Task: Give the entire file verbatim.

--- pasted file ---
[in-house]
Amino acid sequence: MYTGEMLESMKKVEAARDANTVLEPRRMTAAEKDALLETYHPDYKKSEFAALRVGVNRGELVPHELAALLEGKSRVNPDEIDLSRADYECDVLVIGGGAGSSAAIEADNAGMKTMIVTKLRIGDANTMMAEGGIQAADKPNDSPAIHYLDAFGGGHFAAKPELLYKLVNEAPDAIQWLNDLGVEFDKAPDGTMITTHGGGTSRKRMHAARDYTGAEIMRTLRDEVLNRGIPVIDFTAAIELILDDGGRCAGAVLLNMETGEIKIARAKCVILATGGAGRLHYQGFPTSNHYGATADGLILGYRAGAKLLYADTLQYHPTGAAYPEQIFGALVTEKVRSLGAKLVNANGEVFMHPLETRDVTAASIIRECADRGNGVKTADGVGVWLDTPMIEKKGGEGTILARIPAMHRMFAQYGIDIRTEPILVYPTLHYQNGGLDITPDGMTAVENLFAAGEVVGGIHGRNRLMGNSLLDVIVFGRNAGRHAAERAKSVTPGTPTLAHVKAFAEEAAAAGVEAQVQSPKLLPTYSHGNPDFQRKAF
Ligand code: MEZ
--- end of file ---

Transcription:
[in-house]
Amino acid sequence: MYTGEMLESMKKVEAARDANTVLEPRRMTAAEKDALLETYHPDYKKSEFAALRVGVNRGELVPHELAALLEGKSRVNPDEIDLSRADYECDVLVIGGGAGSSAAIEADNAGMKTMIVTKLRIGDANTMMAEGGIQAADKPNDSPAIHYLDAFGGGHFAAKPELLYKLVNEAPDAIQWLNDLGVEFDKAPDGTMITTHGGGTSRKRMHAARDYTGAEIMRTLRDEVLNRGIPVIDFTAAIELILDDGGRCAGAVLLNMETGEIKIARAKCVILATGGAGRLHYQGFPTSNHYGATADGLILGYRAGAKLLYADTLQYHPTGAAYPEQIFGALVTEKVRSLGAKLVNANGEVFMHPLETRDVTAASIIRECADRGNGVKTADGVGVWLDTPMIEKKGGEGTILARIPAMHRMFAQYGIDIRTEPILVYPTLHYQNGGLDITPDGMTAVENLFAAGEVVGGIHGRNRLMGNSLLDVIVFGRNAGRHAAERAKSVTPGTPTLAHVKAFAEEAAAAGVEAQVQSPKLLPTYSHGNPDFQRKAF
Ligand code: MEZ